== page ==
Document: C. A. Glyde, Pamphlets for the People. No. 5, A grateful country will never forget you. Bradford, 1915. Warwick Digital Collections, Maitland Sara Hallinan collection
Available online: A grateful country will never forget you
The real enemy of the workers in every so-called civilised country is Capitalism and Landlordism, in the guise of rent, interest, dividend, and profit-mongering. (p. 12)
As war dragged on into 1915, the effects of wartime profiteering were plain to see. The cost of living was rising – not only rents, but many other essentials. The assistance that had been promised to soldiers’ families was slow to come, and insufficient. More people had to seek aid from charitable organisations or the Parish, which meant being subject to them policing your behaviour and stopping support if you were accused of any ‘immorality’.
This pamphlet, published in Bradford by an Independent Labour Party councillor in June 1915, makes a case against militarism and documents the situation at that point. The author argues that the romantic view of heroism and patriotism is used by the State for recruitment, but once the war is over, those promises to soldiers and their families, as well as all the workers involved in the war effort, are swiftly forgotten. He refers back to the case of soldiers who fought in Crimea and South Africa, “thrown on one side like sucked lemons”, rejected for jobs and receiving 5 shillings a week (about £15).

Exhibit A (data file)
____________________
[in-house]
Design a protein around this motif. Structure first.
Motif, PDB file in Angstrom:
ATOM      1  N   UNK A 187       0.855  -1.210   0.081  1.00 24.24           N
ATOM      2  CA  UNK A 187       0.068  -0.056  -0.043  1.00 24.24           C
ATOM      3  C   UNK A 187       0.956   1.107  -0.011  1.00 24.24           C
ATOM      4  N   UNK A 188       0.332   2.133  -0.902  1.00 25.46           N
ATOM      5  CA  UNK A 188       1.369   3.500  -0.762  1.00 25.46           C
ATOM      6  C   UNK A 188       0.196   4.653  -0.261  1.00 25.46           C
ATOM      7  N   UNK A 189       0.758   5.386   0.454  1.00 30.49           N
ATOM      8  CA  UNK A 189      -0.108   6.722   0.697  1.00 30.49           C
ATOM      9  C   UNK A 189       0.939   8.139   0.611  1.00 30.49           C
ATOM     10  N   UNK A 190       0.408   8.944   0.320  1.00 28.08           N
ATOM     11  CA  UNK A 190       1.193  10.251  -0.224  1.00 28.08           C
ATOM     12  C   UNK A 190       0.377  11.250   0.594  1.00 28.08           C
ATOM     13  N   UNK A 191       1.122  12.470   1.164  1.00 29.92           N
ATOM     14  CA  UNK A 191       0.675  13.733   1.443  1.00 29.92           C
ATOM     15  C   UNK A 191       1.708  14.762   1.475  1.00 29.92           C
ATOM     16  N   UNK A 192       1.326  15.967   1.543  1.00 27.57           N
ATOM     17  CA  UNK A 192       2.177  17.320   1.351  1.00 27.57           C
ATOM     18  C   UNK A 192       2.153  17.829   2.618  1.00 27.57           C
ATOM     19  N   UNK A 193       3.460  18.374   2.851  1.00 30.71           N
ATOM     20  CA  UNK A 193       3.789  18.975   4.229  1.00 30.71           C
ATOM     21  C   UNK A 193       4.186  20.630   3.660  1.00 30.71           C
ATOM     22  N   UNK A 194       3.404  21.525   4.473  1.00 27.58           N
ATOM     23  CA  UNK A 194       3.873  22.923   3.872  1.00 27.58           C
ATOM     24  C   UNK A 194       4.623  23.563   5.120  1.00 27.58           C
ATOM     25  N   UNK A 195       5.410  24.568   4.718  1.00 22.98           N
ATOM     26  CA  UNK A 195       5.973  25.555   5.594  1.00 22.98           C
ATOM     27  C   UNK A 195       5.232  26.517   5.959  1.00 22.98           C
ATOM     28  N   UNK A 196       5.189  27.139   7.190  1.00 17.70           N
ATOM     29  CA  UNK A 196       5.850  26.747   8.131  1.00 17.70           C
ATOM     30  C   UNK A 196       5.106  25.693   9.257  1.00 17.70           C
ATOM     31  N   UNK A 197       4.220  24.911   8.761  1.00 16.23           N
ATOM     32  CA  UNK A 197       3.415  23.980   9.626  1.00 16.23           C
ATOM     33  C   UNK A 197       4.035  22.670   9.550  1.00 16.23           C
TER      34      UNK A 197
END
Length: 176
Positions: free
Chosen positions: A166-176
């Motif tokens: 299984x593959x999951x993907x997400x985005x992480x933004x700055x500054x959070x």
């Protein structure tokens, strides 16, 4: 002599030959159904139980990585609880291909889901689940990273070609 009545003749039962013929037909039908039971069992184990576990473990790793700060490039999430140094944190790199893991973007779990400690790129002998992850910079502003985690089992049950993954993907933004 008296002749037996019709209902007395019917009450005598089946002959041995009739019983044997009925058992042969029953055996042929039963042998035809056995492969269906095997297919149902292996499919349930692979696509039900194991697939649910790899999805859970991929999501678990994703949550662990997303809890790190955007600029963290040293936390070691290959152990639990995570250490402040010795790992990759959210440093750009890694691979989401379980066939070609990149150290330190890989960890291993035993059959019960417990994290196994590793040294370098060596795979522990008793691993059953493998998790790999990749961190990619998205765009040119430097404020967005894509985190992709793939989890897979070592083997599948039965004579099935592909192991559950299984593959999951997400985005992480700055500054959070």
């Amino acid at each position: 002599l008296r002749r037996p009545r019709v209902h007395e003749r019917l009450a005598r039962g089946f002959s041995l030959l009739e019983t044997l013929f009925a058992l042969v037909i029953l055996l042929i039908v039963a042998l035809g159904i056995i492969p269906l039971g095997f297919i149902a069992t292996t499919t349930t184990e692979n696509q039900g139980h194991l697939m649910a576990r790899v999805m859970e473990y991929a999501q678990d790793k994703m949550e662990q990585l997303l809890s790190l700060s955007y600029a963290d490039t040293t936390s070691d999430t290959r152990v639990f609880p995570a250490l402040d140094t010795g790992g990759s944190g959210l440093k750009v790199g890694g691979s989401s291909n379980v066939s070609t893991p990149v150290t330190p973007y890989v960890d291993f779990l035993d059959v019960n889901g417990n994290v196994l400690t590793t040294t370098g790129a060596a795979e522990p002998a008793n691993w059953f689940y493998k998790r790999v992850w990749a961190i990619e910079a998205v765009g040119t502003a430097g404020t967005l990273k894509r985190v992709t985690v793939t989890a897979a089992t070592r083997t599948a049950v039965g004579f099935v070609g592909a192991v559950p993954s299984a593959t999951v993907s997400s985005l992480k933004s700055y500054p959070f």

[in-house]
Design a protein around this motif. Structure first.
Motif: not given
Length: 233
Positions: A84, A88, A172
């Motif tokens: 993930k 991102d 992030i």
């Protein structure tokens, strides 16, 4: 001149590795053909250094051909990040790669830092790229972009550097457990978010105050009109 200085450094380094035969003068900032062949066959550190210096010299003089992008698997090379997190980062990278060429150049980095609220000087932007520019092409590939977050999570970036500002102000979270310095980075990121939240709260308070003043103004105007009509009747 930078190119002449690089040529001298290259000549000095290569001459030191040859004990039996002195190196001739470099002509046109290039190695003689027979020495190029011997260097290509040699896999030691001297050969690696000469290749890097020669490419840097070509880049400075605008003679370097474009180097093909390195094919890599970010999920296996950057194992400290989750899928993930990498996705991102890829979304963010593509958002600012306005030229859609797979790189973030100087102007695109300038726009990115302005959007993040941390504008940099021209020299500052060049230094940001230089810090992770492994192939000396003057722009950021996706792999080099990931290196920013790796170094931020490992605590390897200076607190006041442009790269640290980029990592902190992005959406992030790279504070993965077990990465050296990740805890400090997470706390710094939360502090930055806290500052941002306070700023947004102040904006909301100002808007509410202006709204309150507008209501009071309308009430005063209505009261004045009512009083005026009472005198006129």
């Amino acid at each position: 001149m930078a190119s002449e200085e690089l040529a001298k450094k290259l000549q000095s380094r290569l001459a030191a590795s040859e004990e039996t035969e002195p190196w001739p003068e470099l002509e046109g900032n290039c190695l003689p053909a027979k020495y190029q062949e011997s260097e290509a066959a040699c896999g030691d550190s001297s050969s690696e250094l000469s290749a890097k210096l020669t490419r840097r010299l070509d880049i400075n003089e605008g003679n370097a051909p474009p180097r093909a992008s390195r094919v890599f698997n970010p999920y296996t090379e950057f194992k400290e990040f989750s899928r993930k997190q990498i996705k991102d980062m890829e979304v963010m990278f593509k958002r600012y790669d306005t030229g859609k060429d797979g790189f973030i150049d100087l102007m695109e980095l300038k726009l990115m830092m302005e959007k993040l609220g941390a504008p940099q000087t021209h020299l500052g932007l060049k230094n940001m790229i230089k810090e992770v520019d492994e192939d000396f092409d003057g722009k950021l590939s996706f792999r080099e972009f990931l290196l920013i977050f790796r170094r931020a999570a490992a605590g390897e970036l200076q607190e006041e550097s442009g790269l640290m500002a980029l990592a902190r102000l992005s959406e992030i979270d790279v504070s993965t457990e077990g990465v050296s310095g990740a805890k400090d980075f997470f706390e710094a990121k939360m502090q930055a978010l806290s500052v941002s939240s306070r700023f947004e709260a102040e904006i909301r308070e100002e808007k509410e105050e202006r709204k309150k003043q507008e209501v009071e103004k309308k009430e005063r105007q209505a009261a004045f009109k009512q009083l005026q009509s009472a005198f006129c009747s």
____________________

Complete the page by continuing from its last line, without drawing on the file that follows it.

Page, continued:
In March 1915, the separation allowance for a soldier’s wife was 12s 6d (£27). As Glyde argues,
Since the war started not only have many of the dependants of those on active service been half starved, but they have also been harried by charity visitors, some of whom have behaved worse than the most hardened Poor Law relieving officer. They have also been publicly exposed for their supposed drinking habits (…) Magistrates have passed restriction orders which prevented women from entering public-houses during certain hours of the day. (p. 9)
On top of this, the capitalists were exploiting the war situation to raise prices and extract more profit from the consumers’ pockets. In his example from a family of five living in London, Glyde shows that in the first five months of war the price of groceries and coal had gone up by about 20%.
In his conclusion, the author points out that the capitalists who now speak of ‘patriotism’ “know as much about the principle as a crocodile knows about arithmetic”, and their patriotism is sordid and selfish, creating exploitation, starvation, and exclusion.
The “Patriots” allow millions of human beings (…) to be herded together in slums. No attempt has been made to properly house these millions owing to the hostility of the slum owners and propertied classes. We were told that the money could not be found to build them (…) yet money can be found to run a war at a cost of three millions a day, and bomb shells are being used at a cost of £1,000 each. (p. 19)